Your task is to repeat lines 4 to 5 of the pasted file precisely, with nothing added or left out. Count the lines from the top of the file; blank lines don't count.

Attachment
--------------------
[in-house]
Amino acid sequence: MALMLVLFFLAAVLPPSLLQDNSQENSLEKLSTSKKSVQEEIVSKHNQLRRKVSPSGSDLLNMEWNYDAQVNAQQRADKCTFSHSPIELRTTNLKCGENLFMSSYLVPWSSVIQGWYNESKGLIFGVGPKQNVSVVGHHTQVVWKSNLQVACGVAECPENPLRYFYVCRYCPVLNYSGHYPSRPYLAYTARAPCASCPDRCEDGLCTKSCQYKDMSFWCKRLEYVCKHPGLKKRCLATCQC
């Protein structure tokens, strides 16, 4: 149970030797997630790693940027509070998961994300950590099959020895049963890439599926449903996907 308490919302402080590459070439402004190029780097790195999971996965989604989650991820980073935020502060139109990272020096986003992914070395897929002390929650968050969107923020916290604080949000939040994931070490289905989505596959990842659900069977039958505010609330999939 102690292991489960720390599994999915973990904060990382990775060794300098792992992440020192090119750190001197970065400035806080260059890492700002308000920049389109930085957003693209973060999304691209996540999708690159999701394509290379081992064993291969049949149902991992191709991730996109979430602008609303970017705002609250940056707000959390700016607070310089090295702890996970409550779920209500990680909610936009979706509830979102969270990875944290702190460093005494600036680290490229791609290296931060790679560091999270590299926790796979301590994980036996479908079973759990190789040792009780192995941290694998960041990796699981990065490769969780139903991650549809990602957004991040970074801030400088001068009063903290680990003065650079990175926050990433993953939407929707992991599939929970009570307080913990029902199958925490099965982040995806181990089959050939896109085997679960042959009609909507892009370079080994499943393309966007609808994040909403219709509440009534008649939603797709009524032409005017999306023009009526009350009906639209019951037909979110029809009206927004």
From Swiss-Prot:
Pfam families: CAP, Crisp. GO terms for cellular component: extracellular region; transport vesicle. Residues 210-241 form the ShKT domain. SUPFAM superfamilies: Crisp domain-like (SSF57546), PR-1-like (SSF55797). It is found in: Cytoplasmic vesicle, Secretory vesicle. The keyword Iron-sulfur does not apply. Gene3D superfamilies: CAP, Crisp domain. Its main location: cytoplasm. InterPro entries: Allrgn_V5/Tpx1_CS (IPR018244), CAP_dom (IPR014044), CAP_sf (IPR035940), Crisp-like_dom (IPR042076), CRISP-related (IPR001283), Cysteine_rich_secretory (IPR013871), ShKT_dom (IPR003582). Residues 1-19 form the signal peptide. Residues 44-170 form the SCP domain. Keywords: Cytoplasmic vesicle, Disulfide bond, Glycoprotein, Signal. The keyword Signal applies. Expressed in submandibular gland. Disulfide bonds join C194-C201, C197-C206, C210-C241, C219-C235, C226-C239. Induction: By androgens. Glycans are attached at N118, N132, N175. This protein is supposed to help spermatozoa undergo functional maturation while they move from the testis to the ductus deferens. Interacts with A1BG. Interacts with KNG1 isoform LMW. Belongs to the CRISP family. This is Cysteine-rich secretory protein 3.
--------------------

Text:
From Swiss-Prot:
Pfam families: CAP, Crisp. GO terms for cellular component: extracellular region; transport vesicle. Residues 210-241 form the ShKT domain. SUPFAM superfamilies: Crisp domain-like (SSF57546), PR-1-like (SSF55797). It is found in: Cytoplasmic vesicle, Secretory vesicle. The keyword Iron-sulfur does not apply. Gene3D superfamilies: CAP, Crisp domain. Its main location: cytoplasm. InterPro entries: Allrgn_V5/Tpx1_CS (IPR018244), CAP_dom (IPR014044), CAP_sf (IPR035940), Crisp-like_dom (IPR042076), CRISP-related (IPR001283), Cysteine_rich_secretory (IPR013871), ShKT_dom (IPR003582). Residues 1-19 form the signal peptide. Residues 44-170 form the SCP domain. Keywords: Cytoplasmic vesicle, Disulfide bond, Glycoprotein, Signal. The keyword Signal applies. Expressed in submandibular gland. Disulfide bonds join C194-C201, C197-C206, C210-C241, C219-C235, C226-C239. Induction: By androgens. Glycans are attached at N118, N132, N175. This protein is supposed to help spermatozoa undergo functional maturation while they move from the testis to the ductus deferens. Interacts with A1BG. Interacts with KNG1 isoform LMW. Belongs to the CRISP family. This is Cysteine-rich secretory protein 3.